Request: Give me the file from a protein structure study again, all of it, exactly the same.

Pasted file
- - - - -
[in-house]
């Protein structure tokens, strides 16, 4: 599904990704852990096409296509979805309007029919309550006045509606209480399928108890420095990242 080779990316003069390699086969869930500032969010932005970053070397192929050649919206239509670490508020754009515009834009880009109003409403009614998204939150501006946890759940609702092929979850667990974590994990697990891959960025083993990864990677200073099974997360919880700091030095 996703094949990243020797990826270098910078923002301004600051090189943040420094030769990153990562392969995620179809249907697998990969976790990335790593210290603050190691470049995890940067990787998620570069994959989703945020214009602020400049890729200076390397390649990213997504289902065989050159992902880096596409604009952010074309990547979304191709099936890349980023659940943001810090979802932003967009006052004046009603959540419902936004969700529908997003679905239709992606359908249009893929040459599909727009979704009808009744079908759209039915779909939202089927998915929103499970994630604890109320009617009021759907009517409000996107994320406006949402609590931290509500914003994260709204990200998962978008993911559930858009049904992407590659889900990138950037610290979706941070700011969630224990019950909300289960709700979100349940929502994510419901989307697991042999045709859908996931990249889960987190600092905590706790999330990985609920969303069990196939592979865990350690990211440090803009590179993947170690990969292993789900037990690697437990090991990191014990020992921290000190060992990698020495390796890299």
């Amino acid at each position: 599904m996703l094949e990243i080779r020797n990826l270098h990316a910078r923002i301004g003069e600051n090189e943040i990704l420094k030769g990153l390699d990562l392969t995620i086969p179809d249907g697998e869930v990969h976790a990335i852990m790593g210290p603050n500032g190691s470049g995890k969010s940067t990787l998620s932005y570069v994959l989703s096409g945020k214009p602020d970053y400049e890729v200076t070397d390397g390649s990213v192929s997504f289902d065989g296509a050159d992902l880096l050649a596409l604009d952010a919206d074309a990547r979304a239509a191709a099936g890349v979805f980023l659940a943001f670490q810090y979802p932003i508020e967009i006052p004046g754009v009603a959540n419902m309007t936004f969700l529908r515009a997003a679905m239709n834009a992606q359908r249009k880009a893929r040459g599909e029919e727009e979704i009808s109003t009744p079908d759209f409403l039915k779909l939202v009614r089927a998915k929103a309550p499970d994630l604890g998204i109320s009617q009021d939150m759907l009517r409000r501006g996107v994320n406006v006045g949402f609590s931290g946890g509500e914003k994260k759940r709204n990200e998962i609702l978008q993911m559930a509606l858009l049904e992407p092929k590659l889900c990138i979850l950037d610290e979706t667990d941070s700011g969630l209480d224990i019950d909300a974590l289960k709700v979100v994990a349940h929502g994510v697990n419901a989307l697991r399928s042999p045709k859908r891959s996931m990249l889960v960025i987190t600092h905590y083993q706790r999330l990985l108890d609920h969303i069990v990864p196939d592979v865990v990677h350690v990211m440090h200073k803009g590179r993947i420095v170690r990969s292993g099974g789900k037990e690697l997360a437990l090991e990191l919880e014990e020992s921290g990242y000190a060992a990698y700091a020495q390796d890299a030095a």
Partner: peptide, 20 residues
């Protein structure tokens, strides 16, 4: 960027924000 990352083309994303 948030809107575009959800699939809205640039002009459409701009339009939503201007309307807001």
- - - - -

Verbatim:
[in-house]
């Protein structure tokens, strides 16, 4: 599904990704852990096409296509979805309007029919309550006045509606209480399928108890420095990242 080779990316003069390699086969869930500032969010932005970053070397192929050649919206239509670490508020754009515009834009880009109003409403009614998204939150501006946890759940609702092929979850667990974590994990697990891959960025083993990864990677200073099974997360919880700091030095 996703094949990243020797990826270098910078923002301004600051090189943040420094030769990153990562392969995620179809249907697998990969976790990335790593210290603050190691470049995890940067990787998620570069994959989703945020214009602020400049890729200076390397390649990213997504289902065989050159992902880096596409604009952010074309990547979304191709099936890349980023659940943001810090979802932003967009006052004046009603959540419902936004969700529908997003679905239709992606359908249009893929040459599909727009979704009808009744079908759209039915779909939202089927998915929103499970994630604890109320009617009021759907009517409000996107994320406006949402609590931290509500914003994260709204990200998962978008993911559930858009049904992407590659889900990138950037610290979706941070700011969630224990019950909300289960709700979100349940929502994510419901989307697991042999045709859908996931990249889960987190600092905590706790999330990985609920969303069990196939592979865990350690990211440090803009590179993947170690990969292993789900037990690697437990090991990191014990020992921290000190060992990698020495390796890299």
């Amino acid at each position: 599904m996703l094949e990243i080779r020797n990826l270098h990316a910078r923002i301004g003069e600051n090189e943040i990704l420094k030769g990153l390699d990562l392969t995620i086969p179809d249907g697998e869930v990969h976790a990335i852990m790593g210290p603050n500032g190691s470049g995890k969010s940067t990787l998620s932005y570069v994959l989703s096409g945020k214009p602020d970053y400049e890729v200076t070397d390397g390649s990213v192929s997504f289902d065989g296509a050159d992902l880096l050649a596409l604009d952010a919206d074309a990547r979304a239509a191709a099936g890349v979805f980023l659940a943001f670490q810090y979802p932003i508020e967009i006052p004046g754009v009603a959540n419902m309007t936004f969700l529908r515009a997003a679905m239709n834009a992606q359908r249009k880009a893929r040459g599909e029919e727009e979704i009808s109003t009744p079908d759209f409403l039915k779909l939202v009614r089927a998915k929103a309550p499970d994630l604890g998204i109320s009617q009021d939150m759907l009517r409000r501006g996107v994320n406006v006045g949402f609590s931290g946890g509500e914003k994260k759940r709204n990200e998962i609702l978008q993911m559930a509606l858009l049904e992407p092929k590659l889900c990138i979850l950037d610290e979706t667990d941070s700011g969630l209480d224990i019950d909300a974590l289960k709700v979100v994990a349940h929502g994510v697990n419901a989307l697991r399928s042999p045709k859908r891959s996931m990249l889960v960025i987190t600092h905590y083993q706790r999330l990985l108890d609920h969303i069990v990864p196939d592979v865990v990677h350690v990211m440090h200073k803009g590179r993947i420095v170690r990969s292993g099974g789900k037990e690697l997360a437990l090991e990191l919880e014990e020992s921290g990242y000190a060992a990698y700091a020495q390796d890299a030095a």
Partner: peptide, 20 residues
């Protein structure tokens, strides 16, 4: 960027924000 990352083309994303 948030809107575009959800699939809205640039002009459409701009339009939503201007309307807001």